A 2018 study from Michigan State University (5) had this to say: “There are many studies supporting the role for the microbiome in the regulation of bone health. Direct supplementation of beneficial probiotic bacteria can affect bone health by regulating aspects of gut such as preventing dysbiosis (imbalance) and/or increases in gut permeability and inflammation.”
The path does not end here, especially for men.
Estrogen, progesterone and testosterone – a focus on bone loss in men
Doctors have further suggested a connection between testosterone and estrogen and bone health in aging men. Writing in the journal Bone and Mineral Research, (5) doctors say that estrogen is the dominant regulator of bone metabolism in men and that a legitimate argument can be made that testosterone is largely a prohormone (a building block precursor) for the male skeleton, with its effects on bone mediated principally via aromatization (synthesis) to estrogen.
What does all that mean? It is another example that the balance of hormones in men is equally as challenging to that in women. In the example above the challenges of balancing estrogen and providing enough testosterone in men to help build and maintain bone is highlighted.
Male osteoporosis is a health problem which deserves more attention as nearly 30% of osteoporotic fractures happen in men aged 50 years and above.
Observations from epidemiological studies indicate that elderly men with higher testosterone can preserve their Bone Mass Density better and thus are less prone to fracture.
Observations on men with estrogen resistance or aromatase deficiency indicate that estrogen is equally important in the maintenance of bone health status.
This had been validated in several epidemiological studies which found that the relationships between estrogen and bone health indices are significant and sometimes stronger than testosterone.
Doctors writing in the International Journal of Endocrinology wrote “both testosterone and estrogen are important in the maintenance of bone health in men.”(6)
Doctors at the University of Gothenburg wrote,”Even though estradiol has been considered the ‘female hormone’, levels of serum estradiol in elderly men are higher than those in postmenopausal women. Estradiol levels are more strongly associated with bone mass density, bone turnover and bone loss than testosterone levels are in adult men…” (7)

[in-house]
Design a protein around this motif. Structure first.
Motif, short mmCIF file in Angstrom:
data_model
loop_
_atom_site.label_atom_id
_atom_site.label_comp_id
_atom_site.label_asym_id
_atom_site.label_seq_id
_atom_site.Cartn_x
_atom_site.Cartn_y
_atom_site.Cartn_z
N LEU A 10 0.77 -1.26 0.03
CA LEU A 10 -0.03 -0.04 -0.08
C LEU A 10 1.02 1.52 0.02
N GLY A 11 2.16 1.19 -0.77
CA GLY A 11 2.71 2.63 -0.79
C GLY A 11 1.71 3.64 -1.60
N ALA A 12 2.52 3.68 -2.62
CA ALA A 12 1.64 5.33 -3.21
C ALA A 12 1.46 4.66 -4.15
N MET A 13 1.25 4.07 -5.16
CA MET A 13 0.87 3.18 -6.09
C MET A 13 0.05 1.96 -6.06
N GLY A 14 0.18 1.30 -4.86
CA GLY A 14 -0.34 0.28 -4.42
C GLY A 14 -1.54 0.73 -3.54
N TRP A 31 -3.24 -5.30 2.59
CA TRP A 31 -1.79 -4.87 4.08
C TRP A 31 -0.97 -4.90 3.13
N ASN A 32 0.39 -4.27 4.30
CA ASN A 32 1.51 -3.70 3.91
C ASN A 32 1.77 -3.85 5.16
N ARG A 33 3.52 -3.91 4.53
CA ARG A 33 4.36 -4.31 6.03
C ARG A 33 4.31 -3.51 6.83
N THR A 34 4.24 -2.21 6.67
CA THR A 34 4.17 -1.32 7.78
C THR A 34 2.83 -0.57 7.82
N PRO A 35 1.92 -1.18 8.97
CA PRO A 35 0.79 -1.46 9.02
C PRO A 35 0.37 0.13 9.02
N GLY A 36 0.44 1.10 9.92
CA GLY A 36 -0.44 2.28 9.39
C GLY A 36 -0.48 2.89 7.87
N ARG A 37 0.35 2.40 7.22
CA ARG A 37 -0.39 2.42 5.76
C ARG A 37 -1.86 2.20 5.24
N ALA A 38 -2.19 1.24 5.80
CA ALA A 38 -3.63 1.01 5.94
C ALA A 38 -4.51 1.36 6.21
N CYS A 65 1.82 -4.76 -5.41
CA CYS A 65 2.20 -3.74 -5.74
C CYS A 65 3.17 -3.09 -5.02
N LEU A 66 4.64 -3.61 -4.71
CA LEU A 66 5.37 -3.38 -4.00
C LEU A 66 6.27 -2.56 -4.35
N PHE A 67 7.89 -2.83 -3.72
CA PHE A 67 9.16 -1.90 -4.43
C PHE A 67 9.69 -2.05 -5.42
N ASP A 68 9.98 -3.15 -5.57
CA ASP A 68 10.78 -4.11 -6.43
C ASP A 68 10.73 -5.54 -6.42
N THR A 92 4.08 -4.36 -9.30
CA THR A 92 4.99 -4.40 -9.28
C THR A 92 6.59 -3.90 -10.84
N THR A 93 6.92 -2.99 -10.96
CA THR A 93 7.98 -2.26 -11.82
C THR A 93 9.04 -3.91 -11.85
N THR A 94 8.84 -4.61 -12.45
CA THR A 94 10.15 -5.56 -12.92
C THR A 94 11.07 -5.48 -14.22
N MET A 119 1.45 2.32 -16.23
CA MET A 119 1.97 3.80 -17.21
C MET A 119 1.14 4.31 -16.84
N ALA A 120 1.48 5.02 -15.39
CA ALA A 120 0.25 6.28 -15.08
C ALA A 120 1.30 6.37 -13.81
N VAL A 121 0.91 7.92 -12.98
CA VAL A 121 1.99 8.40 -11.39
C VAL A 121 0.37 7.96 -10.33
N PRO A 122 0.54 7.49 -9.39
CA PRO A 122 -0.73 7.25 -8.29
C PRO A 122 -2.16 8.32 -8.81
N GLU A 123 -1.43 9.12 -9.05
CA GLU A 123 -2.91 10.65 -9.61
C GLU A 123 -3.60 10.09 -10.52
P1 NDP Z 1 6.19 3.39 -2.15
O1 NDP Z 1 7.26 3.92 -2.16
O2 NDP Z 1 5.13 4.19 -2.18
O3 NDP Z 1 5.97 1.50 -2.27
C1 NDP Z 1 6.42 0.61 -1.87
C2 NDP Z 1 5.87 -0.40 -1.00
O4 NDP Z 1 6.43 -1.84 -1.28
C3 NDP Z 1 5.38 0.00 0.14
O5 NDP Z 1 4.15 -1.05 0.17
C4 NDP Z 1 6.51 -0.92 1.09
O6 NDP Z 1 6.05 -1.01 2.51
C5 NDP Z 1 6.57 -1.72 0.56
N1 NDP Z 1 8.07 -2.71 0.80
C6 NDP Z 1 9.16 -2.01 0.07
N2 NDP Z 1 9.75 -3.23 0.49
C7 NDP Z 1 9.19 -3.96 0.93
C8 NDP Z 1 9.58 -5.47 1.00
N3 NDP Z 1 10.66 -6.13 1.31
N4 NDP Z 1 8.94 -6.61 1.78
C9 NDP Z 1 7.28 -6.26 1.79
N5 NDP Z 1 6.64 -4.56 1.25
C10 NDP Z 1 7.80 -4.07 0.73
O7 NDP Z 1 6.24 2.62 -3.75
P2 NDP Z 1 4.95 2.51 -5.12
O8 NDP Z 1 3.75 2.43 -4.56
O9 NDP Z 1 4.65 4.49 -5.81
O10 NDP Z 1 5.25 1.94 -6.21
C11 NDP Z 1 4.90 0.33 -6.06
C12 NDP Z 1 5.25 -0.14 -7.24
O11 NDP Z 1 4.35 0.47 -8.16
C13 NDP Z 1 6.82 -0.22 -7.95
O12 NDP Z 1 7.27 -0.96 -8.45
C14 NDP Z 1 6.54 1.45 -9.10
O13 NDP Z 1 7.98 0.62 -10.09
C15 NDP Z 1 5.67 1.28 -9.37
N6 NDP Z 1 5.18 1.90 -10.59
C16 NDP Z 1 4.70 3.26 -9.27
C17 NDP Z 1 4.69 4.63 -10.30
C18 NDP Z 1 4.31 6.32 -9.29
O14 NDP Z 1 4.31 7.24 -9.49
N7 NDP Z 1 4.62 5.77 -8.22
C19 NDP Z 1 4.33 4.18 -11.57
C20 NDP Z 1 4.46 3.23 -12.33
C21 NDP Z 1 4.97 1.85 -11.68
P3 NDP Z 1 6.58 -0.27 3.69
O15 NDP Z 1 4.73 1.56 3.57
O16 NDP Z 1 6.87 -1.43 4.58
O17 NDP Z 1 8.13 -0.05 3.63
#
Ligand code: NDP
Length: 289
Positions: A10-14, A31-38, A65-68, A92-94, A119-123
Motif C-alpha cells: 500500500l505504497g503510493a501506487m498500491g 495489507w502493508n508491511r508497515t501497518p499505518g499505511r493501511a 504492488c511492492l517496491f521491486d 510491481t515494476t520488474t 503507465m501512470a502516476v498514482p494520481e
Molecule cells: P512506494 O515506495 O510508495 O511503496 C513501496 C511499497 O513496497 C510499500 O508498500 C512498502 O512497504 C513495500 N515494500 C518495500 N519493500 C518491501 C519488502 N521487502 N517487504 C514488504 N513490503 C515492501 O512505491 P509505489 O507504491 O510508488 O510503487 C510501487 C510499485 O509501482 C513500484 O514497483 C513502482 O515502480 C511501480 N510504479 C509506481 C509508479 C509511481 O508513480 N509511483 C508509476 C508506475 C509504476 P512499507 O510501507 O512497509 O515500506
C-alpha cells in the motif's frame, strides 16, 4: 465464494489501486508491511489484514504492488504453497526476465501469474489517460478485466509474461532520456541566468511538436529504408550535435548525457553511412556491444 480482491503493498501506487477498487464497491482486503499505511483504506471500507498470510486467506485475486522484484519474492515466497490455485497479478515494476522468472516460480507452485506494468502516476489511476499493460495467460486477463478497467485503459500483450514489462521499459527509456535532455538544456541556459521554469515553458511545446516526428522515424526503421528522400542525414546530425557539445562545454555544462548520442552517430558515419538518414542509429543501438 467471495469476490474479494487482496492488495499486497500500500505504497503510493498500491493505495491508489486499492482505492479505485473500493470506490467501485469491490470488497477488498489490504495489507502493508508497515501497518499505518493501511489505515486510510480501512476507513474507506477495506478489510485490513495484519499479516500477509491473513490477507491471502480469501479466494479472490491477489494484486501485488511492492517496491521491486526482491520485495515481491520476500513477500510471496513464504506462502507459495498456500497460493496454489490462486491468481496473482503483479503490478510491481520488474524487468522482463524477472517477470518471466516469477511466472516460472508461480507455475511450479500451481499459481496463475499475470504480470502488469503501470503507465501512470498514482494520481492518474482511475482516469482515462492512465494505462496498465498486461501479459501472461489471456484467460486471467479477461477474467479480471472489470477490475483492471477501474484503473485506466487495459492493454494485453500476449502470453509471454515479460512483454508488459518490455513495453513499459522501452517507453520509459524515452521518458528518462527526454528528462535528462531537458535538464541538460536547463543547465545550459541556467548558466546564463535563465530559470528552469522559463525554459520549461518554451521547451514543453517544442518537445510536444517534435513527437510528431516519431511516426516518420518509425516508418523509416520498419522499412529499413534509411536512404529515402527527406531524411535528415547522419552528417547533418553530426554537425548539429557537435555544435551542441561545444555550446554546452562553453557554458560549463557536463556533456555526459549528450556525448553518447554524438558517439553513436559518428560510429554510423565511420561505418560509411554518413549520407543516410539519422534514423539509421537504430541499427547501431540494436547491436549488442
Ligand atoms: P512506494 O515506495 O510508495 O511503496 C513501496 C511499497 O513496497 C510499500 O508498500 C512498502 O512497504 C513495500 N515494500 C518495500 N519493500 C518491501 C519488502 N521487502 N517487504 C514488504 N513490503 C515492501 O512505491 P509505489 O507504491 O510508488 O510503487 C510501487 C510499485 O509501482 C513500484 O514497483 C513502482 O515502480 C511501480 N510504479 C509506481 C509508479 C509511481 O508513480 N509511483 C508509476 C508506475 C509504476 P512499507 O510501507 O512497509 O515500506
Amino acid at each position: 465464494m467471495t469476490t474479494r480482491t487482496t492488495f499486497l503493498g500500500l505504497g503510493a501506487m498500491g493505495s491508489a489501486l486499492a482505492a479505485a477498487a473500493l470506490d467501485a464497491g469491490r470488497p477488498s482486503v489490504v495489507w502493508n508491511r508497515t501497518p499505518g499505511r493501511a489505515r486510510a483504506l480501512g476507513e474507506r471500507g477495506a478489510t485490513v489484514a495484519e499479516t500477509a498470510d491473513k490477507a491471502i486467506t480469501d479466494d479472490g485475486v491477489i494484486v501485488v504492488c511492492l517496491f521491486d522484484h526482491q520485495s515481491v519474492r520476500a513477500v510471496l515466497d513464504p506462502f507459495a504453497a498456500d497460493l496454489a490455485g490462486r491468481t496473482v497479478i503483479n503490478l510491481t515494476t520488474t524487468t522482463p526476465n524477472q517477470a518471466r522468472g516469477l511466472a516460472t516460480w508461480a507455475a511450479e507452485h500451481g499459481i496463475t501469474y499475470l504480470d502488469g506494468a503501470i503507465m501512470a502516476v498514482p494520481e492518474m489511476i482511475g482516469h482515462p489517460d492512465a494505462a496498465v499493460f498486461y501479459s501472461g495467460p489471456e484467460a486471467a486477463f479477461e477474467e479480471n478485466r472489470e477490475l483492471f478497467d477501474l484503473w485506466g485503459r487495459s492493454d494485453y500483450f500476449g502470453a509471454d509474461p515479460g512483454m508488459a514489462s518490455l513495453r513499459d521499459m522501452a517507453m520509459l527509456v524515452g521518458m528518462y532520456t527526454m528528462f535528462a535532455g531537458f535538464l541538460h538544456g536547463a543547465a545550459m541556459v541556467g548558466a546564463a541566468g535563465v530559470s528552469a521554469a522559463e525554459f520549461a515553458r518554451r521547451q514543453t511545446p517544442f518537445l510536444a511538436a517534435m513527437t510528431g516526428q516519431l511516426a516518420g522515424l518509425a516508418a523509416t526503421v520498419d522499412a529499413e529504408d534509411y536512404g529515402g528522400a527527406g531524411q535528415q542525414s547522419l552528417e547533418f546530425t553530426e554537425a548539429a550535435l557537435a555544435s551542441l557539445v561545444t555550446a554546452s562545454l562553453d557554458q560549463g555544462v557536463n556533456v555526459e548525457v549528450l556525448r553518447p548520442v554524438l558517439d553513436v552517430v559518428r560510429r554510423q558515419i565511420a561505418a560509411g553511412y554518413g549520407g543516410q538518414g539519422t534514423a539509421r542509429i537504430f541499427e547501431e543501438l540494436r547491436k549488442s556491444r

Doctors at the US Veterans Affairs Medical Center also confirmed that older men with total testosterone or estradiol deficiency were more likely to be osteoporotic. (8)
So Estrogen plays an important role in preventing bone weakening and osteoporosis in men, especially in men over 70.
If you would like to explore more information, please contact our office so we can start a conversation with you.
1 Weitzmann MN, Pacifici R. Estrogen deficiency and bone loss: an inflammatory tale. J Clin Invest. 2006 May;116(5):1186-94. doi: 10.1172/JCI28550. PMID: 16670759; PMCID: PMC1451218.
2 Ucer S, Iyer S, Kim HN, et al. The Effects of Aging and Sex Steroid Deficiency on the Murine Skeleton Are Independent and Mechanistically Distinct. J Bone Miner Res. 2016 Oct 7. doi: 10.1002/jbmr.3014.
3 Domazetovic V, Marcucci G, Iantomasi T, Brandi ML, Vincenzini MT. Oxidative stress in bone remodeling: role of antioxidants. Clin Cases Miner Bone Metab. 2017;14(2):209-216.2 Li J-Y,
4 Chassaing B, Tyagi AM, et al. Sex steroid deficiency–associated bone loss is microbiota dependent and prevented by probiotics. The Journal of Clinical Investigation. 2016;126(6):2049-2063. doi:10.1172/JCI86062.
5 Schepper JD, Irwin R, Kang J, et al. Probiotics in Gut-Bone Signaling. Adv Exp Med Biol. 2017;1033:225-247.
6. Khosla S.Commentary: New Insights Into Androgen and Estrogen Receptor Regulation of the Male Skeleton. J Bone Miner Res. 2015 Apr 9. doi: 10.1002/jbmr.2529.
7 Chin KY, Ima-Nirwana S. Sex steroids and bone health status in men. Int J Endocrinol. 2012;2012:208719. doi: 10.1155/2012/208719. Epub 2012 Oct 24.
8. Vandenput L, Ohlsson C. Estrogens as regulators of bone health in men. Nat Rev Endocrinol. 2009 Aug;5(8):437-43. Epub 2009 Jun 16.
9. Fink HA, Ewing SK, Ensrud KE, Barrett-Connor E, Taylor BC, Cauley JA, Orwoll ES. Association of Testosterone and Estradiol Deficiency with Osteoporosis and Rapid Bone Loss in Older Men. J Clin Endocrinol Metab. 2006 Jul 18